Jon Rahm captured his second major championship at the Masters Tournament in Augusta, Ga., this past Sunday, outlasting Brooks Koepka by four shots. With this victory, Rahm became the first European to win both a U.S. Open and a Masters, a feat that even his hero Seve Ballesteros, to whom he dedicated his win, could not accomplish. Rahm has now won six of his last 12 stroke-play events, overtaking Scottie Scheffler as the number one player in the world.
Despite a four-putt double bogey on his first hole of the tournament, Rahm sat atop the leaderboard with Koepka and Viktor Hovland after the first round, each opening with a 7-under 65. The second round was characterized by rain and high winds, forcing a dramatic early suspension of play after multiple trees fell near spectators on the 17th tee. Koepka shot 67 and Rahm shot 69, while Hovland faded with a 73.
However, the most impressive performance of the first two rounds did not even come from a professional. Amateur Sam Bennett, a fifth-year senior at Texas A&M and the reigning U.S. Amateur champion, opened with back-to-back rounds of 68. He became the first amateur since 1956 to be in the top three after two rounds, and would go on to win low amateur honors after a top-16 finish — the best performance by an amateur in 18 years.
The third round was also cut short due to weather, with Rahm and Koepka’s group on just the seventh hole when play was suspended due to flooding on the greens. Koepka had a four-shot advantage over Rahm at this point, sitting at 12 under. The weather cleared up on Sunday, setting the stage for a 30-hole day for the two.
When play resumed at 8:30 a.m., Rahm immediately captured the momentum, birdieing the seventh and eighth holes and finishing the third round two back from Koepka. Rahm eventually overtook Koepka on the front nine of the final round, with birdies on the third and eighth. Koepka struggled off the tee and made bogies on the fourth, sixth and ninth to fall two shots behind Rahm.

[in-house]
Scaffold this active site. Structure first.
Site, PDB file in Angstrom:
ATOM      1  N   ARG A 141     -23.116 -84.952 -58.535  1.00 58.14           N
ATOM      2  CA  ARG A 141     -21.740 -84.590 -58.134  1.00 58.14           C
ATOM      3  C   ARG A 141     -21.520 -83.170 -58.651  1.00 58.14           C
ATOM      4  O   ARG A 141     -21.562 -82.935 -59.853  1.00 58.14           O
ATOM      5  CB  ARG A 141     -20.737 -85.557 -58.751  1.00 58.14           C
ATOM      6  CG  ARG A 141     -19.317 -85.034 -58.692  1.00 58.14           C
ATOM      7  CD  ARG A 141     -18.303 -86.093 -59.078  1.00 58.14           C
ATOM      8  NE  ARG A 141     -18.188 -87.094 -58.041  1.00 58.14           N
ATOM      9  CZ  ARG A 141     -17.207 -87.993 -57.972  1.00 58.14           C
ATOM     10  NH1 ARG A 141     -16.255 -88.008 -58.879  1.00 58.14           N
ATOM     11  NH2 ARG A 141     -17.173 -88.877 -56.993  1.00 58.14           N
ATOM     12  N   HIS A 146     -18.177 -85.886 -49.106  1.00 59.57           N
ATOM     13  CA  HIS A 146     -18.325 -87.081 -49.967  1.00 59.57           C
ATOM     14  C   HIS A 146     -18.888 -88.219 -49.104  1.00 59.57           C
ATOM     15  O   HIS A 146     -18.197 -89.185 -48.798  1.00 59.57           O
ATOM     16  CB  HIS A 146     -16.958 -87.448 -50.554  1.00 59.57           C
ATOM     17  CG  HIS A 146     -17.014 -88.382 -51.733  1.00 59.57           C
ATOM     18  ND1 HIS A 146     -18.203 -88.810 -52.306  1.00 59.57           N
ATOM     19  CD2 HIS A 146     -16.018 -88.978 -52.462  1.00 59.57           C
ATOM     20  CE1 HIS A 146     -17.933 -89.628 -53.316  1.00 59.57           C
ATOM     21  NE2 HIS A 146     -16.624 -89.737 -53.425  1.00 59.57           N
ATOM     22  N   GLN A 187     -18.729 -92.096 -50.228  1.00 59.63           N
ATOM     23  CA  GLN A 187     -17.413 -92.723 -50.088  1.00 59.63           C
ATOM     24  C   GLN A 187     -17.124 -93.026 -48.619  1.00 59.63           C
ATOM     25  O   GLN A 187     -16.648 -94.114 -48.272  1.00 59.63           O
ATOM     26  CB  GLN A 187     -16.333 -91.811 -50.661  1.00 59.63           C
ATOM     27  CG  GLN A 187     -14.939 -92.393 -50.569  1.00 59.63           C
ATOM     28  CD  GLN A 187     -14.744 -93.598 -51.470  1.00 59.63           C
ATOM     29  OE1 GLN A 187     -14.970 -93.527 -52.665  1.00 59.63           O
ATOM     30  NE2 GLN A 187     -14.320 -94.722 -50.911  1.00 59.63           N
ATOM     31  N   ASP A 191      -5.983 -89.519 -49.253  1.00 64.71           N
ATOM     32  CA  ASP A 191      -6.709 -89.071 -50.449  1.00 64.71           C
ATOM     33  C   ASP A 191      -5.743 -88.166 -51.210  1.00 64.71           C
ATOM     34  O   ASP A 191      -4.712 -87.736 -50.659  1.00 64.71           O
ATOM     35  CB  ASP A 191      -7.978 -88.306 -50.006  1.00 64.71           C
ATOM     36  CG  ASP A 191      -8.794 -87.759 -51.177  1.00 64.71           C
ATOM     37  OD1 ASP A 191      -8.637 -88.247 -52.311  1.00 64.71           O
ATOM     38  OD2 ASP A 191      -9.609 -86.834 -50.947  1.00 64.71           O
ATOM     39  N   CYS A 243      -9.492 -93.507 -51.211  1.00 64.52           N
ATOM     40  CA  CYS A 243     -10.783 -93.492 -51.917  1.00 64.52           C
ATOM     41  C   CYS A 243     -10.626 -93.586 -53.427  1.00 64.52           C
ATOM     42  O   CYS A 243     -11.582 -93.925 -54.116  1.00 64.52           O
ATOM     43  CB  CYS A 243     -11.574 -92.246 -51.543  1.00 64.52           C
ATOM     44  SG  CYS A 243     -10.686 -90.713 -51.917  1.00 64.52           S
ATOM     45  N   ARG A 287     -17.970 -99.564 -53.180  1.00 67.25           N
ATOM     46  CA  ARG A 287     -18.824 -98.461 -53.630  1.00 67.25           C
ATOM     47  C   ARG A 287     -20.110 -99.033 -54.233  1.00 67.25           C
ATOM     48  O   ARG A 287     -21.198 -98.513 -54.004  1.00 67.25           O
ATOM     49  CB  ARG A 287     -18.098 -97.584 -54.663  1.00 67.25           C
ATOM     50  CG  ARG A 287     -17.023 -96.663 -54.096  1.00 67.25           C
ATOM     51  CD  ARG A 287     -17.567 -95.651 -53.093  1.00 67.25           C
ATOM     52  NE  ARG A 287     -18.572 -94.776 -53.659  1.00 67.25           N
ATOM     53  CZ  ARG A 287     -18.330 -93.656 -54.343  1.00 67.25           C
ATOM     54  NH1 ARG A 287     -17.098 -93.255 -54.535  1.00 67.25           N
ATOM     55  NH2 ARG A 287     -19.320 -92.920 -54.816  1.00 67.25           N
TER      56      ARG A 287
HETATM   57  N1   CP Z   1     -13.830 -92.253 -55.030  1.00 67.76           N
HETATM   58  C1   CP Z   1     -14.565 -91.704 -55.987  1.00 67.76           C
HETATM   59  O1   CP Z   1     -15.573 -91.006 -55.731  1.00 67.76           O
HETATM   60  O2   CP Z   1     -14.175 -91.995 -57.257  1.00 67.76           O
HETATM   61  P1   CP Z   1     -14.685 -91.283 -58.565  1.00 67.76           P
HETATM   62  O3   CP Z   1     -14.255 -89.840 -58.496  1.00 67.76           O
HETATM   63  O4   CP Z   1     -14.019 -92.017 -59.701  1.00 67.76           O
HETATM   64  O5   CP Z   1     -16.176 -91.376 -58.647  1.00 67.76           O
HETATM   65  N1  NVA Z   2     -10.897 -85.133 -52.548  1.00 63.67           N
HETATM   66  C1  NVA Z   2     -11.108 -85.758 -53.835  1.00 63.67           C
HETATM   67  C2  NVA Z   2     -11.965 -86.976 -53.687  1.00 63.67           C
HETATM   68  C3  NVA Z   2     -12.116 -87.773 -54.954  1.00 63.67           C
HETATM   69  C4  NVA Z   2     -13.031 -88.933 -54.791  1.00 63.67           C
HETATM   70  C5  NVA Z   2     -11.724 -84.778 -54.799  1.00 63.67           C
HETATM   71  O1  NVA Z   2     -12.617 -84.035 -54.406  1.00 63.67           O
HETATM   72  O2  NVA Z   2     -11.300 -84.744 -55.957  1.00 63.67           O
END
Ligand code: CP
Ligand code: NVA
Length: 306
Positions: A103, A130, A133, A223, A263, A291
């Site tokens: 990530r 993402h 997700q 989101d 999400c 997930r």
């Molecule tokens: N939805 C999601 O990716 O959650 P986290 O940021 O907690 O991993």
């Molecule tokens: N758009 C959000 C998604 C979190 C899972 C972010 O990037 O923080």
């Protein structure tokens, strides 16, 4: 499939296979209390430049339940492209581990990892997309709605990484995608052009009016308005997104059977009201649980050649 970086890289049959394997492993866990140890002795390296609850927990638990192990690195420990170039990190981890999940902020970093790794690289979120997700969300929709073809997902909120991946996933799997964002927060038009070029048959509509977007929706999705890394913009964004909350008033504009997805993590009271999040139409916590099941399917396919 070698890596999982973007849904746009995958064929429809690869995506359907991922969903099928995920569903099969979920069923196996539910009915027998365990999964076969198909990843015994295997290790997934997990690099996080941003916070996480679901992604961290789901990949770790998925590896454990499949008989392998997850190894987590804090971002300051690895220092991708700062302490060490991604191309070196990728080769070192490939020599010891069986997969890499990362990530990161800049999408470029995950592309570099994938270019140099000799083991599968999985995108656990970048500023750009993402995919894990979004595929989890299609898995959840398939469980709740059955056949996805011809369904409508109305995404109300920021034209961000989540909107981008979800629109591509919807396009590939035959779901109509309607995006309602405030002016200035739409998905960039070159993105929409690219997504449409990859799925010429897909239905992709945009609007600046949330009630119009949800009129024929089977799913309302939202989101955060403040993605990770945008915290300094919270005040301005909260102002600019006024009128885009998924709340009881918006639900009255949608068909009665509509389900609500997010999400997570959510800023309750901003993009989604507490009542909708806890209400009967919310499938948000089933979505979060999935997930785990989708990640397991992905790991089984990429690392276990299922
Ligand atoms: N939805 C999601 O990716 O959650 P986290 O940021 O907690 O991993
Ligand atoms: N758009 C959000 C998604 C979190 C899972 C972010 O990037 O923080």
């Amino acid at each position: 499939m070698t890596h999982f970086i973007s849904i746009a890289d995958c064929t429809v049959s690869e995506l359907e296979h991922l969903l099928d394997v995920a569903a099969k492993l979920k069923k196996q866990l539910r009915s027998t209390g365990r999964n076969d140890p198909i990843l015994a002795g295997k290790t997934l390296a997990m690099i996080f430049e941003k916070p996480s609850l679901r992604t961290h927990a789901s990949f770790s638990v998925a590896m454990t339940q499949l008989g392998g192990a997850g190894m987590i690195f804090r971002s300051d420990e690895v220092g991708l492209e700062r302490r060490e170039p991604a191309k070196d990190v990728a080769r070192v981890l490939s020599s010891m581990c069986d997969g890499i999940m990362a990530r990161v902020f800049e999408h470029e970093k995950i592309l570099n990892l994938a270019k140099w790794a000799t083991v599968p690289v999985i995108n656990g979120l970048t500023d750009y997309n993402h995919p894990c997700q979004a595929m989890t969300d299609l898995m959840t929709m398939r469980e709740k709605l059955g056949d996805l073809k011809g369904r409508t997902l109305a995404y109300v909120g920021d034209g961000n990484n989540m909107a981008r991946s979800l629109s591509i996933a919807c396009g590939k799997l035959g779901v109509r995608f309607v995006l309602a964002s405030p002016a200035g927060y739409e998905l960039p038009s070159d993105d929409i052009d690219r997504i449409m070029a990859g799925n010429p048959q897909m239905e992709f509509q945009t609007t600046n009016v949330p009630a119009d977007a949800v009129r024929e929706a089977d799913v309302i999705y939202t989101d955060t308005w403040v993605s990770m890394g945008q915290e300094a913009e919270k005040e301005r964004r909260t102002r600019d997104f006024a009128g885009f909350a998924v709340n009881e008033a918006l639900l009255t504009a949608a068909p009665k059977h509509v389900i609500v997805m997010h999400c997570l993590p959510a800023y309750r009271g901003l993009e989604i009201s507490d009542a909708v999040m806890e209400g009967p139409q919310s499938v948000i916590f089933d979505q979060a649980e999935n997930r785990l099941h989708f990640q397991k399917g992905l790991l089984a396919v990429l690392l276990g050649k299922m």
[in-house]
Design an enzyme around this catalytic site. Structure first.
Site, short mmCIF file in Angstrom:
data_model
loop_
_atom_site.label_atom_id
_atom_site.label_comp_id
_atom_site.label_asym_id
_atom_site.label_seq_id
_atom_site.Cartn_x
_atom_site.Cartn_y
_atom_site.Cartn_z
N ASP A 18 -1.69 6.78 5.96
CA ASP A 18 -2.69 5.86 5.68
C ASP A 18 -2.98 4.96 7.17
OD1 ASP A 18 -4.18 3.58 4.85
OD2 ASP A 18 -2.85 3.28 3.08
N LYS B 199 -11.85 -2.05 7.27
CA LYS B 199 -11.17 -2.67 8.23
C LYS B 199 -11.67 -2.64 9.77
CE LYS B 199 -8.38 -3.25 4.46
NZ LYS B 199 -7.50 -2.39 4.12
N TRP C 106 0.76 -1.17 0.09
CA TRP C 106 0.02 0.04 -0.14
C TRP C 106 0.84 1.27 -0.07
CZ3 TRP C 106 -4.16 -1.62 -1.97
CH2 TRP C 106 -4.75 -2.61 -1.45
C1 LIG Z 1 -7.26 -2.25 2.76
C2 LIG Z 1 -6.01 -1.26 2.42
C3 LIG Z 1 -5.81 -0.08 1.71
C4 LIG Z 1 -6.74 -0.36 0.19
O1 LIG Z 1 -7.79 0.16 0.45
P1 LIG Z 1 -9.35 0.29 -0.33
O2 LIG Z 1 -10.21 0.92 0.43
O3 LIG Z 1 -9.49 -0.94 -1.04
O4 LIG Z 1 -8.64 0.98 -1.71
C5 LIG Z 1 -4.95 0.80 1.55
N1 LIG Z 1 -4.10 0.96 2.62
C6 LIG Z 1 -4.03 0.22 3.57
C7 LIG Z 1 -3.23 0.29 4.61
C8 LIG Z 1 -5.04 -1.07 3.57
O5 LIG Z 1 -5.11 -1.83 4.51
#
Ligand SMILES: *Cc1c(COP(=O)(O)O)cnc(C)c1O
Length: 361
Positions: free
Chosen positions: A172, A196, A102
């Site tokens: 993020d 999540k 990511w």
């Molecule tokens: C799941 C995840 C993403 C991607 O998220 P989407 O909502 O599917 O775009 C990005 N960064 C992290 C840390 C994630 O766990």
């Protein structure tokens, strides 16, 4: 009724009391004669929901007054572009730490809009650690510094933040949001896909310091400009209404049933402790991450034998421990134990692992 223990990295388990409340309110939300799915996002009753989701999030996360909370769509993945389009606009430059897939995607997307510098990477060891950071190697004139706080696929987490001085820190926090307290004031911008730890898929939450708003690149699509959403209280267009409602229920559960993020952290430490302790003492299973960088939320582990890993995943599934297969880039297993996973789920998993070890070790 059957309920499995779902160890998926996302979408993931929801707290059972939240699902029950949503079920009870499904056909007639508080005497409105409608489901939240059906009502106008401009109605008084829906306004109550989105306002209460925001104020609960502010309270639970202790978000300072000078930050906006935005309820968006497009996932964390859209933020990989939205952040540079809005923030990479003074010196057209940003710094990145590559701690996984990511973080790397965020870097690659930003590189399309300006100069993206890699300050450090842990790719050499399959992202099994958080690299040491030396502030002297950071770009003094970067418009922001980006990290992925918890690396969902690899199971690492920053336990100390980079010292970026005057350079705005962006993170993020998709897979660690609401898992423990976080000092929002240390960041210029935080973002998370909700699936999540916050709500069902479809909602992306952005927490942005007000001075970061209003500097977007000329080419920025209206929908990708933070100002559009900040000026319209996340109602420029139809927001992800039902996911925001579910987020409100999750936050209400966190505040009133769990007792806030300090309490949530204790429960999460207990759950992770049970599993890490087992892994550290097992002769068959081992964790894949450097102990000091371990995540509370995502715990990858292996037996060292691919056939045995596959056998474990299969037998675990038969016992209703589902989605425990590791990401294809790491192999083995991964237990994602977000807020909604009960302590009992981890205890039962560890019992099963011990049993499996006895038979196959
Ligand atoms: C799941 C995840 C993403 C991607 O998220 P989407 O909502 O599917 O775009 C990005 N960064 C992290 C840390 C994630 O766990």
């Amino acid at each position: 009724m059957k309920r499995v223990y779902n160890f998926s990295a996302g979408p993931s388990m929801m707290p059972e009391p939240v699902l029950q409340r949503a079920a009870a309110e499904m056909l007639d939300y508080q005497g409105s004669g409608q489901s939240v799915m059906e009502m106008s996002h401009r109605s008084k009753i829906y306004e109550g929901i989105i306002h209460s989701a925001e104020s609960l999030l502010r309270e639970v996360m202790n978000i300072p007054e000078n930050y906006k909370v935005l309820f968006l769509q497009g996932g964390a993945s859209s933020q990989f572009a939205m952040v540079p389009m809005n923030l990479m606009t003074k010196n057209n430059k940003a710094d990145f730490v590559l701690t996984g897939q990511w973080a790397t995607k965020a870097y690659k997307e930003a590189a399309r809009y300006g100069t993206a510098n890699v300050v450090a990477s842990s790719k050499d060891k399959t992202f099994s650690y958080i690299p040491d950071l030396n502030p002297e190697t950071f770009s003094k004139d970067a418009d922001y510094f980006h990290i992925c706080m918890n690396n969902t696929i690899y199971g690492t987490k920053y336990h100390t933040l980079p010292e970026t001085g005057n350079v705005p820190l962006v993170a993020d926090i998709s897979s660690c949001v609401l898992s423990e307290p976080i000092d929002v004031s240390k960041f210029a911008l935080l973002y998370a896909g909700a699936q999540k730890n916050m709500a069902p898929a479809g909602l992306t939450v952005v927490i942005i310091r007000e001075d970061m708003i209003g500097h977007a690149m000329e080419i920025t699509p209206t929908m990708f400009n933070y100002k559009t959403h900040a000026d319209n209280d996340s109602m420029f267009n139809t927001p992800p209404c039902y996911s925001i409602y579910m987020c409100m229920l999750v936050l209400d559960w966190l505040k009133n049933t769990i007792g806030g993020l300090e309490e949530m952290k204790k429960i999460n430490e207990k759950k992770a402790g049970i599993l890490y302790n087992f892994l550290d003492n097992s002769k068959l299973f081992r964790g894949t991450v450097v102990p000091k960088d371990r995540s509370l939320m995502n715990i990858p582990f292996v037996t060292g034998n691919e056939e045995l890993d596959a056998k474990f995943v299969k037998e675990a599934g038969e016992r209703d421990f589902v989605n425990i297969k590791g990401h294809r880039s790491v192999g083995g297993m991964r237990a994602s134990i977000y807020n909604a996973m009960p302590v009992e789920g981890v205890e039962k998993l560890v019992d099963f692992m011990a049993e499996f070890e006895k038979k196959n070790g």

After another bogey from Koepka at the par-three 12th, Rahm made back-to-back birdies on the 13th and 14th, bringing him five shots clear of Koepka. He made all pars coming in to clinch his first Masters victory.
Despite a poor 75 in the final round, Koepka’s top-three finish made it very clear that he is back with a vengeance; Koepka was the most dominant player in golf from 2017 to 2019, winning back-to-back U.S. Opens and PGA Championships. Such an impressive feat quickly vaulted his name into the conversation with the greatest golfers ever.
However, Koepka has struggled with injuries to both his knees. In 2022, he did not finish better than 55th in any of the four majors. With his health in jeopardy, Koepka decided to sign with LIV Golf, a Saudi Arabian-backed golf tour, for a contract reportedly worth $100 million last June. Yet by this February, there were already reports that Koepka was feeling “buyer’s remorse” over his choice to join the less-competitive LIV tour.
Alongside Koepka, fellow LIV golfer Phil Mickelson had a surprisingly strong showing at the Masters. After his controversial statements regarding the Saudi Investment Fund’s involvement in LIV Golf last year, Mickelson did not participate in the 2022 Masters and PGA Championship and missed the cut at the U.S. Open and the Open Championship in St. Andrews, Scotland.
Mickelson, who won green jackets in 2004, 2006 and 2010, shot his best career round at the Masters on Sunday — his closing 7-under 65 helped him skyrocket up the leaderboard to a tie for second with Koepka.
Strong showings from both Koepka and Mickelson bolster the LIV tour’s credibility, as many have criticized it for running exhibition tournaments and having much weaker fields than its rival, the PGA Tour.
The next major on the golf calendar is the PGA Championship at Oak Hill Country Club in Rochester, N.Y. Rahm (7-1) is certainly an early favorite along with Scheffler (9-1) and defending champion Justin Thomas (14-1). Rory McIlroy (10-1) had a very disappointing week at the Masters, missing the cut in the major he needed to complete the coveted career grand slam. He will look to bounce back at Oak Hill in an attempt to capture his third PGA Championship.
Leo Mangan is a sophomore in the College of Arts & Sciences. The 73rd Hole appears online and in print every three weeks.